Yes this is a blog about Cancer Research UK’s re-brand... but it’s not a typical analysis. Others have done this already and there’s not much I can add to what’s already been shared (a quick Google search will show you what I mean).
Instead I want to focus on the absence of outrage which I find hugely interesting. Previous high profile charity rebranding exercises have come under criticism from the sector and donors alike as being at best a vanity exercise and at worst a waste of donors’ funds.
It’s a simple enough premise. If your customers, supporters or volunteers ‘speak’ with you about their needs, wants or a complaint, pay attention! It’s about having good internal communications and this means putting in place both the means for your people to communicate as well as nurturing the will for your colleagues to communicate with each other for everyone’s benefit.
For those feeling daunted by 2012, a word of encouragement. It’s not all bad news. Yes, things will be tough, but we’re all getting used to that. Nevertheless, you will still need something to carry you through the year and help you raise the funds your organisation depends on.
I was reading the tweets from the very useful @marketingdonut team and was pleased to see them share renowned marketing expert Drayton Bird’s “35 things I have found to be almost always true”. I was pleased to see it again as I didn’t get the chance to add to the list from a not-for-profit perspective... something I aim to put right below for the most impactful of Mr Bird’s points:
Relevance matters more than originality – 100% agree but originality tends to get more cut-through than cliché
The most important element in any creative endeavour is the brief – ie; the robust thinking that went into it and how the organisation can articulate that to an outsider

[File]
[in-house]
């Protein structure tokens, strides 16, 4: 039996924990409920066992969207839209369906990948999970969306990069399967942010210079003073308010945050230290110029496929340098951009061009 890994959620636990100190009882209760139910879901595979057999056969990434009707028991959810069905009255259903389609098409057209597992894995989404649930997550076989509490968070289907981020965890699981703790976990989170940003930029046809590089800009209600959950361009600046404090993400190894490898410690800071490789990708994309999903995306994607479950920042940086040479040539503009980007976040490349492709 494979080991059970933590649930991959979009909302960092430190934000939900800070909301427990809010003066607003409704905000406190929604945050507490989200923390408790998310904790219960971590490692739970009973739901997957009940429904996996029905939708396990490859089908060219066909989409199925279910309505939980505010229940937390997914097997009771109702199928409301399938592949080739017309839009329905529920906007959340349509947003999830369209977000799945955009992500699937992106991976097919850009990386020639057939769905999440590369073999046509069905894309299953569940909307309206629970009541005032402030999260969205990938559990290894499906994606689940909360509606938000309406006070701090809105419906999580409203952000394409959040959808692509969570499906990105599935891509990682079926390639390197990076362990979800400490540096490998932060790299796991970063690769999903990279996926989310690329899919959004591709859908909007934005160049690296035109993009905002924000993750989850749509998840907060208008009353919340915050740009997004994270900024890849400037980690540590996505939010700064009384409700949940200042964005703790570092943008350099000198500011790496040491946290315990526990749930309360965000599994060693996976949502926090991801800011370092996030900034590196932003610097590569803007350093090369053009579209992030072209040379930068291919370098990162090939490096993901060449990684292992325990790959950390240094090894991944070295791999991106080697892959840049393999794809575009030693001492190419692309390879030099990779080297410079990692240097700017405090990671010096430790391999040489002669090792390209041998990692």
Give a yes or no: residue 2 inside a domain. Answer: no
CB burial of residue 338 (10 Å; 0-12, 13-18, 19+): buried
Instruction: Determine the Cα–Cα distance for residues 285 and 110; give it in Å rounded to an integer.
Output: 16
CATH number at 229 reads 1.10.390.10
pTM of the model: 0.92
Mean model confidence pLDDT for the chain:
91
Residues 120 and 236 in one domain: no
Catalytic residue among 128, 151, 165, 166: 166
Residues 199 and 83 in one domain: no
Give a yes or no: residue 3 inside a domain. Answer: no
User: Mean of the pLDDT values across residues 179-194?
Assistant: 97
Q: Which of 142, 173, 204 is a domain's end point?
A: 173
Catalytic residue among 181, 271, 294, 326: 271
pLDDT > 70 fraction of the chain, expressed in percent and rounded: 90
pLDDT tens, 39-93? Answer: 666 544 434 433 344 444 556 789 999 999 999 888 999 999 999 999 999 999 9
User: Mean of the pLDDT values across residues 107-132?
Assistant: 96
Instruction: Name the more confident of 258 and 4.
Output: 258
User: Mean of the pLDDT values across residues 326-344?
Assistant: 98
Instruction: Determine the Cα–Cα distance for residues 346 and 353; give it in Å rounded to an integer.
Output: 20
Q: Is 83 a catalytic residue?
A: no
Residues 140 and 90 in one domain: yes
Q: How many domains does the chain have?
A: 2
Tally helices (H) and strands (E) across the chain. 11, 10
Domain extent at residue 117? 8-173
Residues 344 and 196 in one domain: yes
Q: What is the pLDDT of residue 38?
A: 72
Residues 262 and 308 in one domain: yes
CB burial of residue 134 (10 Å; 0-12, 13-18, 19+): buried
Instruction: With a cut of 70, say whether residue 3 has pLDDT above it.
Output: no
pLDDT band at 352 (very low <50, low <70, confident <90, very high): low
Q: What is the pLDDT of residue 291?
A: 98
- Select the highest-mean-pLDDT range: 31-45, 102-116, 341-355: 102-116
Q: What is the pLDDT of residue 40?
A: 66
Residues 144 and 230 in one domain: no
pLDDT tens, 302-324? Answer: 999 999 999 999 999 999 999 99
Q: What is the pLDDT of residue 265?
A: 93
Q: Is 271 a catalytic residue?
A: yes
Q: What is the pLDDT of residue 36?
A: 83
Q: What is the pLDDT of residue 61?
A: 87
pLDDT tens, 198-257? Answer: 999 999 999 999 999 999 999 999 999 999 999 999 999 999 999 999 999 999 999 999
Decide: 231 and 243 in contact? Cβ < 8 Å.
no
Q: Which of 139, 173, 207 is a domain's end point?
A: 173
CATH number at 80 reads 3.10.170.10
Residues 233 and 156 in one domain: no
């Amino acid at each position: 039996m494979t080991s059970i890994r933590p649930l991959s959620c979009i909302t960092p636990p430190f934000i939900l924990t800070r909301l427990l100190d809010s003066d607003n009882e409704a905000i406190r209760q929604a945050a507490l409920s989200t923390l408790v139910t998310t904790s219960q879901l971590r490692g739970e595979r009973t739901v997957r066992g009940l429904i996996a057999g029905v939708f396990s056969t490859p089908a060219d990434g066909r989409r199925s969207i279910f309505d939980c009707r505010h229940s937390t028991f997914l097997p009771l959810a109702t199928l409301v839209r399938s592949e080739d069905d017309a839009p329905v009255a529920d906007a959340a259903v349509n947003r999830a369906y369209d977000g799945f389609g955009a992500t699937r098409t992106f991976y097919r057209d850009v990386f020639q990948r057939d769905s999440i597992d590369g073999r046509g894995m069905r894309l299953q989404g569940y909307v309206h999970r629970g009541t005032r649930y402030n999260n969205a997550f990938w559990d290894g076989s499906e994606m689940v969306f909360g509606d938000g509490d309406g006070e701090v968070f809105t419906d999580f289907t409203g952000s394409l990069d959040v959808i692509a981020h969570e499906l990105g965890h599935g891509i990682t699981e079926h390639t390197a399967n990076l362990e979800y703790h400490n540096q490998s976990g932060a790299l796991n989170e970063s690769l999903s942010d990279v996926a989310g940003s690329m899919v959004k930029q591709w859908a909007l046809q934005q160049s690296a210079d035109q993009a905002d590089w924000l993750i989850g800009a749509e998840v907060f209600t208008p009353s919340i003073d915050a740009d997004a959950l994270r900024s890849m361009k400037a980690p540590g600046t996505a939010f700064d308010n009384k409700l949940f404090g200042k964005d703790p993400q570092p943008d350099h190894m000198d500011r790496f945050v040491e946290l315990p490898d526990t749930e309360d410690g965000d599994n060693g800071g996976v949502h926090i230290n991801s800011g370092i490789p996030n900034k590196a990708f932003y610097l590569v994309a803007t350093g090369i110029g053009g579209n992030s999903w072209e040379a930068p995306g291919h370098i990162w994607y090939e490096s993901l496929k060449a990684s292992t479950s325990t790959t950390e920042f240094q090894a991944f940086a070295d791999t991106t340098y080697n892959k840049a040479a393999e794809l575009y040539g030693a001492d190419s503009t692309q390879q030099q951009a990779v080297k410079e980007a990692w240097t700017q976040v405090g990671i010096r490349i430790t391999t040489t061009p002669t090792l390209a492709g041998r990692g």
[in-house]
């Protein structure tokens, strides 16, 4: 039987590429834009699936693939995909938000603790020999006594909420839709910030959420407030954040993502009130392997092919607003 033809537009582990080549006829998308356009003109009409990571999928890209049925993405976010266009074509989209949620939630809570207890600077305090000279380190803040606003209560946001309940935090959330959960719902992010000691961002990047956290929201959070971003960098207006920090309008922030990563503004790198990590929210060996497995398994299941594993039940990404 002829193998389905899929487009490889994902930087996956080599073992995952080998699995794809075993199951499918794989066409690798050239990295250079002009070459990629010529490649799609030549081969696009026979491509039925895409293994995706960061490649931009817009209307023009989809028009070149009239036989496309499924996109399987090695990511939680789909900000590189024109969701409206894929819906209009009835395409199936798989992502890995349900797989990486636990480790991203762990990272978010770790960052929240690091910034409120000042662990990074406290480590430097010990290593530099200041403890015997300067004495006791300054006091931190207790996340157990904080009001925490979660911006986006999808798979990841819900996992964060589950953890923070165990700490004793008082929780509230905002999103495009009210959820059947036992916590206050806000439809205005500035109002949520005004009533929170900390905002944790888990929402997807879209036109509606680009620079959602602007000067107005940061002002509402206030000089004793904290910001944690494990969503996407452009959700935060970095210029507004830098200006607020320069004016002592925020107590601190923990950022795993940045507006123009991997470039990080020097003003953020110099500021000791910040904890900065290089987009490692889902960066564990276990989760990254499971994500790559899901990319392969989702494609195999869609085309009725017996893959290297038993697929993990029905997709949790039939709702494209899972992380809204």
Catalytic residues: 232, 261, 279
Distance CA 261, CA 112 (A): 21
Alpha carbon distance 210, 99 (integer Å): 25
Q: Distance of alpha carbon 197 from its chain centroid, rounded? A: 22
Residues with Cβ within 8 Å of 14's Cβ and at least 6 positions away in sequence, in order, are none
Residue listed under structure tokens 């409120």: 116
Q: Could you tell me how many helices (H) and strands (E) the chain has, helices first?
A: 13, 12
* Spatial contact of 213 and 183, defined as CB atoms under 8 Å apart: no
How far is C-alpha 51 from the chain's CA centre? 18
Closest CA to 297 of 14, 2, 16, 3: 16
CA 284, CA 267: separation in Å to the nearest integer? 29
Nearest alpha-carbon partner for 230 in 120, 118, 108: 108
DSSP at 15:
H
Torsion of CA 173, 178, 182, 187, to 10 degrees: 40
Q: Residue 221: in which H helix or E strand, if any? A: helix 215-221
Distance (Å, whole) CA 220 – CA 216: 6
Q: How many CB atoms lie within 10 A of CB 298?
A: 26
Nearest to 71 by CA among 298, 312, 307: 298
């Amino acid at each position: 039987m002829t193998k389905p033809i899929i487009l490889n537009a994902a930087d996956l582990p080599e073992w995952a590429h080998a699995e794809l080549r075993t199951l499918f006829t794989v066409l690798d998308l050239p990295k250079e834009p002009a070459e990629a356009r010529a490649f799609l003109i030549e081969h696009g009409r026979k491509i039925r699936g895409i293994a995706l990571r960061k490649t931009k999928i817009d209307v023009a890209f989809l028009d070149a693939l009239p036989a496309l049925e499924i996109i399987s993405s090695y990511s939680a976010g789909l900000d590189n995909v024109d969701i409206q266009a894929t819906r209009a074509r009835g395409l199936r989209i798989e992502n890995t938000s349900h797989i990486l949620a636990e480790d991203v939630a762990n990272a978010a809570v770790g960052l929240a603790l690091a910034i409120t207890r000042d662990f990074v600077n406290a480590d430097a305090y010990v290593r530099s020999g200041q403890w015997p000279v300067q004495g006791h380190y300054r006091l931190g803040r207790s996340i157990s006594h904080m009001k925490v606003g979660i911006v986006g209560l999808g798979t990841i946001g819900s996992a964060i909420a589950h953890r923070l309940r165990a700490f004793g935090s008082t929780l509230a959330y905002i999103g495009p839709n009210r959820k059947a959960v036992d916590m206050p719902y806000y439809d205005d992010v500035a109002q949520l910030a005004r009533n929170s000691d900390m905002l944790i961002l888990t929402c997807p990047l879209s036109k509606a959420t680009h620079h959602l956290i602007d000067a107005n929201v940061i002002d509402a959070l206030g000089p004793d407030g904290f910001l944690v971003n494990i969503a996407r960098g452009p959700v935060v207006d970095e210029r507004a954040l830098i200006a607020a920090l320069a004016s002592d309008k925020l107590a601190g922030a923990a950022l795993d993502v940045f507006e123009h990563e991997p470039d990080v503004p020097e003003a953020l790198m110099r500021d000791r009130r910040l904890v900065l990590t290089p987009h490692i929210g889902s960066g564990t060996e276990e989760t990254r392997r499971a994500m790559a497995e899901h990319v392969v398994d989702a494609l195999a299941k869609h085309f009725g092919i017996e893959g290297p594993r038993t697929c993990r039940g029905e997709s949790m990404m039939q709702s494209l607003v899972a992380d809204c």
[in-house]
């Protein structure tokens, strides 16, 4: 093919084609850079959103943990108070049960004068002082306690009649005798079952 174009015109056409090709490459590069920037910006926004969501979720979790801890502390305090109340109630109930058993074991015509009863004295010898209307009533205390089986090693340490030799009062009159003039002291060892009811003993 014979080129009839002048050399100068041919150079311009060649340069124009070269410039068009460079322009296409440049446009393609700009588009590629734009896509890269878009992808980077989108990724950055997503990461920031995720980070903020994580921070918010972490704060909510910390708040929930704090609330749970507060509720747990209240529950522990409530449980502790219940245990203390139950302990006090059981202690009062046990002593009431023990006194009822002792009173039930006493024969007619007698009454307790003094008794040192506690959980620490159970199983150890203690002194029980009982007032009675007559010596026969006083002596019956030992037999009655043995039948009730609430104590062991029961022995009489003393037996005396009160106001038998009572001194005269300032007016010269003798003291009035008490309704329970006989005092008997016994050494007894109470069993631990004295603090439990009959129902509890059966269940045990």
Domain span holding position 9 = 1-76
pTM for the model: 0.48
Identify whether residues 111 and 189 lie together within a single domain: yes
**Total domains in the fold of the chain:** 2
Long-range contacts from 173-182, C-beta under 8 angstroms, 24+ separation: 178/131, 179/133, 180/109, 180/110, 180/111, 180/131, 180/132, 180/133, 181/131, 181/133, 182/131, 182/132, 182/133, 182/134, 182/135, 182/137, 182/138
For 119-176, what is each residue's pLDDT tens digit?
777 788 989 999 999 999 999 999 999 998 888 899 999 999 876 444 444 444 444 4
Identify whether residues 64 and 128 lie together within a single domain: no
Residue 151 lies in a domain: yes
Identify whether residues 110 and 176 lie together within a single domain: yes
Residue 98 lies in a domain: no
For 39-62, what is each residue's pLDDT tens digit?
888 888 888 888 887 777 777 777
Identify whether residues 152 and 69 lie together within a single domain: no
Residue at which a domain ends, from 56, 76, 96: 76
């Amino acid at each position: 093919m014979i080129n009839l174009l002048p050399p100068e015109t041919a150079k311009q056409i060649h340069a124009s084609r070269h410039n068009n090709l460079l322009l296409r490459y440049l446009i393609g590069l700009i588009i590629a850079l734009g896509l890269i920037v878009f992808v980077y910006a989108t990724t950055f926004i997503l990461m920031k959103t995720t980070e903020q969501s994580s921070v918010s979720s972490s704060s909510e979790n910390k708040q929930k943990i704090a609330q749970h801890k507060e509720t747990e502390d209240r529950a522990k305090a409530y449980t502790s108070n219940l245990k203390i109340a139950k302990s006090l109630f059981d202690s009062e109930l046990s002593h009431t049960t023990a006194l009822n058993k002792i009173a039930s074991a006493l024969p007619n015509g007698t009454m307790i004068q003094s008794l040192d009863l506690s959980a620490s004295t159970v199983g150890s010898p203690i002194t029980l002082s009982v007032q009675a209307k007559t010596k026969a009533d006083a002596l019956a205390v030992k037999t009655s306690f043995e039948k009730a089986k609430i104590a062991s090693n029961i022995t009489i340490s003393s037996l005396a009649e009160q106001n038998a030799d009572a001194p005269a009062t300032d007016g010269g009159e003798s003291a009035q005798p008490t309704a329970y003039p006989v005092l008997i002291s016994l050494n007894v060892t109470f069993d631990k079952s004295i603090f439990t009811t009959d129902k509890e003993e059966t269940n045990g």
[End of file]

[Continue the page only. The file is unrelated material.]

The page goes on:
The urgent takes precedence over the important – but a mixture of both is likely to be the right thing to do (if your plans are robust, that is)
The customer you want is like the customer you’ve got – so true... but as well as the new types of donor, volunteer or supporter, not instead of!
The internet is just accelerated direct marketing – I think it's more than DM these days. Perhaps it’s just a hugely powerful means to achieving a whole raft of objectives (including traditional direct marketing)?
This week I’ve seen several blogs and tweets from people whose thinking I respect touching on the subject of putting your audience at the centre of your actions. Some have suggested that the audience should always be the driving force and others have posited that true innovation might not be possible if you do.
There is a Little Britain TV sketch showing the funny side of what passes as customer/supporter service in modern Britain. Basically, it parodies the fact that many front line staff appear to have been totally disempowered when it comes to dealing with the public. 'I can't do anything as it's a system-generated decision...' is heard from call -centres all too frequently. This provokes two questions:
1. Do organisations think that supporters and customers care in any way shape or form that THEIR system is the problem? 2. Do the same organisations think customers and supporters can be placated by hearing that it's the computer's fault?!?
Watching the international match between South Africa's Springboks and the New Zealand All Blacks this week, it struck me just how many similarities there are between charities and rugby teams. I'll avoid the obvious comparison between boisterous team meetings and a scrum but here are a few observations that I think we could learn from. What do you think? I'm stating the completely obvious but neither rugby nor being an effective charity is an individual sport. The best single player is wasted if their team mates aren't getting the ball to them. The effectiveness of an award-wining fundraising director can easily be hampered by demotivated staff who don't deliver to their potential.